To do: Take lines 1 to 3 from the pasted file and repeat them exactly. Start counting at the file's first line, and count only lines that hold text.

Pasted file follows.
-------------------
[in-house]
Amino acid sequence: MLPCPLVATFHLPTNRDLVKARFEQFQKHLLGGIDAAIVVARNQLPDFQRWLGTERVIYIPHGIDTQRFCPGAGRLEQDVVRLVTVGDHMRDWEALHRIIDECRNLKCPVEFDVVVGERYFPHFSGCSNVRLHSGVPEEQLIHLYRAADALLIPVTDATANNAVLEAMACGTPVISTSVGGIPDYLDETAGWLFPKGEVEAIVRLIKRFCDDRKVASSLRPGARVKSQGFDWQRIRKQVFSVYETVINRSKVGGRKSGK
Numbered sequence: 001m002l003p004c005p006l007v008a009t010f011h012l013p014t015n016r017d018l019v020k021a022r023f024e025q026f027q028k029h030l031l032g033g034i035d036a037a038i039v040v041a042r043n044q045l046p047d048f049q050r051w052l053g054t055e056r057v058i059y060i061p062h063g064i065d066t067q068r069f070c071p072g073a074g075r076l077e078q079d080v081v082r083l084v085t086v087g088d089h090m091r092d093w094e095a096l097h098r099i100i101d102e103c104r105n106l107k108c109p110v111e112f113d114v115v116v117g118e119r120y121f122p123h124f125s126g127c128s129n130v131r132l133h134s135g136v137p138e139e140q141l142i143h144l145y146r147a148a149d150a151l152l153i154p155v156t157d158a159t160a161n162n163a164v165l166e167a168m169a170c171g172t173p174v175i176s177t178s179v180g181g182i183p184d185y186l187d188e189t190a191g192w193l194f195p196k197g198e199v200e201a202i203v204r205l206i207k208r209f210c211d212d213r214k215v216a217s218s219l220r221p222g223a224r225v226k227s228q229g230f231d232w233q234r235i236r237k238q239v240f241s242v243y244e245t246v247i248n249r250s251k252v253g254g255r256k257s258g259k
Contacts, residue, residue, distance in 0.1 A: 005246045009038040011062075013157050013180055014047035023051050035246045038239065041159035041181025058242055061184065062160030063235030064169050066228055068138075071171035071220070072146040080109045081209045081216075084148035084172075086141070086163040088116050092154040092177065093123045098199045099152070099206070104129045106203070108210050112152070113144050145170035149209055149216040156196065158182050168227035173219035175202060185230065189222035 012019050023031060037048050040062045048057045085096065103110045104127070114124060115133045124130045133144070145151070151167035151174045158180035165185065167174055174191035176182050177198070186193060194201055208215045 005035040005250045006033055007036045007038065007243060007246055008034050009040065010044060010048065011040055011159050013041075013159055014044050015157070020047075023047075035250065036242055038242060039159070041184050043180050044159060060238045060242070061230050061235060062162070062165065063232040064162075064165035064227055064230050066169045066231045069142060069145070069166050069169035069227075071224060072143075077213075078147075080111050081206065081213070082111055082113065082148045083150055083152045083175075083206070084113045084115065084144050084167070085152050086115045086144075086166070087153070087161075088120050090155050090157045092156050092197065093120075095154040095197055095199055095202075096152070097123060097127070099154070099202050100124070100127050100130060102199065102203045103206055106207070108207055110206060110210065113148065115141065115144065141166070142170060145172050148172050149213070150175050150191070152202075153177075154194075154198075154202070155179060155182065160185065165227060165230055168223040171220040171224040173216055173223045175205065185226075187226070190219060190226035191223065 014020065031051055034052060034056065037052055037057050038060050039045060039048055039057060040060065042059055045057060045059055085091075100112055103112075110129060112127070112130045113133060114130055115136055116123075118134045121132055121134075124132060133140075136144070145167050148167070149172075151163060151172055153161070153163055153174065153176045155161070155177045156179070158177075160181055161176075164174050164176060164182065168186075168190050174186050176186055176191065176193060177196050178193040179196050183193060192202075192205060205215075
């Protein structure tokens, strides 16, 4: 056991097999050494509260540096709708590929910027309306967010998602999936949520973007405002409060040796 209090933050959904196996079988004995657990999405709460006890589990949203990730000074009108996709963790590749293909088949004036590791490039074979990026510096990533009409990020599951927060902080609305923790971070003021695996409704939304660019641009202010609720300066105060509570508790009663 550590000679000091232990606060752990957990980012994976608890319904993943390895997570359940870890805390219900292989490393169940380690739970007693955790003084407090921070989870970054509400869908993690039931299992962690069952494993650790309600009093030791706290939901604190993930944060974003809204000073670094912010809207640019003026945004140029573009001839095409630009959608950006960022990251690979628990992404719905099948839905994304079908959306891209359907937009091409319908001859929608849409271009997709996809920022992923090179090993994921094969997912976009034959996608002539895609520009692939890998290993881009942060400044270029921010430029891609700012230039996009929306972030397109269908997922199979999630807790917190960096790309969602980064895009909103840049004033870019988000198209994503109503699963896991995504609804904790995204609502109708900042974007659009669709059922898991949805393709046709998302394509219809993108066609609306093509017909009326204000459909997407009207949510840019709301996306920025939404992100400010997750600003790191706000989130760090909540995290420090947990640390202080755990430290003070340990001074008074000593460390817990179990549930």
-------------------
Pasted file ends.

[in-house]
Amino acid sequence: MLPCPLVATFHLPTNRDLVKARFEQFQKHLLGGIDAAIVVARNQLPDFQRWLGTERVIYIPHGIDTQRFCPGAGRLEQDVVRLVTVGDHMRDWEALHRIIDECRNLKCPVEFDVVVGERYFPHFSGCSNVRLHSGVPEEQLIHLYRAADALLIPVTDATANNAVLEAMACGTPVISTSVGGIPDYLDETAGWLFPKGEVEAIVRLIKRFCDDRKVASSLRPGARVKSQGFDWQRIRKQVFSVYETVINRSKVGGRKSGK
Numbered sequence: 001m002l003p004c005p006l007v008a009t010f011h012l013p014t015n016r017d018l019v020k021a022r023f024e025q026f027q028k029h030l031l032g033g034i035d036a037a038i039v040v041a042r043n044q045l046p047d048f049q050r051w052l053g054t055e056r057v058i059y060i061p062h063g064i065d066t067q068r069f070c071p072g073a074g075r076l077e078q079d080v081v082r083l084v085t086v087g088d089h090m091r092d093w094e095a096l097h098r099i100i101d102e103c104r105n106l107k108c109p110v111e112f113d114v115v116v117g118e119r120y121f122p123h124f125s126g127c128s129n130v131r132l133h134s135g136v137p138e139e140q141l142i143h144l145y146r147a148a149d150a151l152l153i154p155v156t157d158a159t160a161n162n163a164v165l166e167a168m169a170c171g172t173p174v175i176s177t178s179v180g181g182i183p184d185y186l187d188e189t190a191g192w193l194f195p196k197g198e199v200e201a202i203v204r205l206i207k208r209f210c211d212d213r214k215v216a217s218s219l220r221p222g223a224r225v226k227s228q229g230f231d232w233q234r235i236r237k238q239v240f241s242v243y244e245t246v247i248n249r250s251k252v253g254g255r256k257s258g259k